Bedtime Routine

A bedtime routine’s pictures could convey: 

  • Working on homework
  • Eating dinner
  • Taking a bath
  • Combing hair
  • Brushing teeth
  • Changing into pajamas
  • Getting tucked into bed
  • Hearing a bedtime story 

Visual Schedule Ideas

Aside from the typical morning and bedtime routine schedules, visual schedules can be used for various tasks and skill-building projects. Some ideas for visual schedules include those teaching your child: 

  • How to ride a bike 
  • How to tie their shoelaces 
  • How to do certain chores 
  • How to behave at school 
  • How to behave at a restaurant 
  • How to ask for help from an adult 

How To Make a Visual Schedule for Autism

To create a compelling visual schedule for autism, you’ll first need to determine areas for improvement. Do you want to develop or improve a skill, or do you want to get your children in a predictable routine where they can practice independence? 

Once you’ve identified the target area, you’ll want to break the task into simple steps based on your child’s age and easy for them to understand. 

The length of the visual schedule will depend on the individual child. Some children can handle longer schedules, but others will need shorter ones. If a shorter schedule is needed, having multiple schedules with only a few steps per schedule can be helpful.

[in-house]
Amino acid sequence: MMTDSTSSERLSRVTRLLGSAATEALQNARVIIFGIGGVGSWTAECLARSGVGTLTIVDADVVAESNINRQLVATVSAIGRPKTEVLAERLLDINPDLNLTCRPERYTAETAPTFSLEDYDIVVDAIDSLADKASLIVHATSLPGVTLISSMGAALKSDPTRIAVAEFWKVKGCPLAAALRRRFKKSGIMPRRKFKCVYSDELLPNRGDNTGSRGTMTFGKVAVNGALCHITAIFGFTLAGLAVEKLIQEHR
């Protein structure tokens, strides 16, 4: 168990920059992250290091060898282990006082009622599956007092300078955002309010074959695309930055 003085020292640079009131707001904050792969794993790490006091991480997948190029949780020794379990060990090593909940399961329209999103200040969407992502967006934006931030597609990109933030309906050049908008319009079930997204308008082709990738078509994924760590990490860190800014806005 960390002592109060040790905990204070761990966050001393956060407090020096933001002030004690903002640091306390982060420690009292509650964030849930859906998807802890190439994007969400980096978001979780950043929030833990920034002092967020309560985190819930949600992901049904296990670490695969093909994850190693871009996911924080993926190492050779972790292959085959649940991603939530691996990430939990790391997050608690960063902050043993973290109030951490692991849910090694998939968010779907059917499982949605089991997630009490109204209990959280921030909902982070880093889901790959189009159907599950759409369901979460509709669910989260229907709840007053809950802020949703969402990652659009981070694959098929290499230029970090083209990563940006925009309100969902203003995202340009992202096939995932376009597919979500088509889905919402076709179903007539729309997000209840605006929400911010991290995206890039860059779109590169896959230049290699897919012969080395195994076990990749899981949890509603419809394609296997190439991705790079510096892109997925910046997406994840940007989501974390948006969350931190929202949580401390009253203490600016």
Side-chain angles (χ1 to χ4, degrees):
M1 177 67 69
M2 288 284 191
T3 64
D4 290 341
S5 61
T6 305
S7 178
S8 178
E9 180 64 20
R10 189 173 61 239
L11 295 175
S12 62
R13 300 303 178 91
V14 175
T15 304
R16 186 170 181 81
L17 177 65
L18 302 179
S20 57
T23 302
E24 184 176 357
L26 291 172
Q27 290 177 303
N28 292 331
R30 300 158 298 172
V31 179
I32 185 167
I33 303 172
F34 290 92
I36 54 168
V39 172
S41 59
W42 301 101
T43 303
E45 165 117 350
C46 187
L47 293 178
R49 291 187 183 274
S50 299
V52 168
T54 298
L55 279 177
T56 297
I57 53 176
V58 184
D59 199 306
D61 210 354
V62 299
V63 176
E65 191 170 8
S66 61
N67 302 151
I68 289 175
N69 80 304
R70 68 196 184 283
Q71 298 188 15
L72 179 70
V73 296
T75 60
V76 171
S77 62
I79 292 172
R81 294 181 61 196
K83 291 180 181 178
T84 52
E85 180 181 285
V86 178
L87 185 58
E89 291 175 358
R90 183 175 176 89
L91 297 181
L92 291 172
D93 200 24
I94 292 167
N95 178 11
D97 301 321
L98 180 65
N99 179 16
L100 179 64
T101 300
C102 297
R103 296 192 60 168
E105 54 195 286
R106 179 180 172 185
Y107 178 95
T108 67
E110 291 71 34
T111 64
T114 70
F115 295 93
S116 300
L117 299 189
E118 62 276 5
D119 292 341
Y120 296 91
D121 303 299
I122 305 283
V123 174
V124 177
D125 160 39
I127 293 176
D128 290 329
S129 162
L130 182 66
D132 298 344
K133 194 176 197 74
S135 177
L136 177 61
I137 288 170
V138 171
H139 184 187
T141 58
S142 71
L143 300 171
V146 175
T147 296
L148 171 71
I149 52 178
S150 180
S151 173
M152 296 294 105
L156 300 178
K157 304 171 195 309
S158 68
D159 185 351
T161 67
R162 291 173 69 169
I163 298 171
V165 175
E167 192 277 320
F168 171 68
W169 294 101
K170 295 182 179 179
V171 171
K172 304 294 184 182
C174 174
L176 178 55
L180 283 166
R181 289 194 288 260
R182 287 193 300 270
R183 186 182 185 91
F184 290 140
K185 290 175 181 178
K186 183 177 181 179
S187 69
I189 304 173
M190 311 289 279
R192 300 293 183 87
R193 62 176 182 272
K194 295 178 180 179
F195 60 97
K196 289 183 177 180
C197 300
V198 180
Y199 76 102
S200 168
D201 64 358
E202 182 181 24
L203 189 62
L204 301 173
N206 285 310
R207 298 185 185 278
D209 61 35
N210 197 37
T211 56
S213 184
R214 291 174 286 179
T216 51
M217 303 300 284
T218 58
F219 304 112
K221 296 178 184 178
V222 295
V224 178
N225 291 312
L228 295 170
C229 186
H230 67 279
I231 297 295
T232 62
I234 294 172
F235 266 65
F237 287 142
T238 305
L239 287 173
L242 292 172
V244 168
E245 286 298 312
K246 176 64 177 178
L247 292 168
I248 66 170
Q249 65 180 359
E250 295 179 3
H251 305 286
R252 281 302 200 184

You may need to demonstrate the steps yourself or guide your child through each step until they understand how to complete it. If your child struggles with a step, adjust it or break it down into smaller steps. 

Finally, encourage your child when they finish a task or complete a schedule. Think about what motivates them, whether it’s praise or a treat, and then provide them with this motivation after the completion of each task or schedule.

Show Sources

HANDSinAutism: “How-To Templates.”
Milestones Autism Resources: “Visual Supports Tool Kit.”
University of Utah: “Visual Schedules: A Practical Guide for Families.”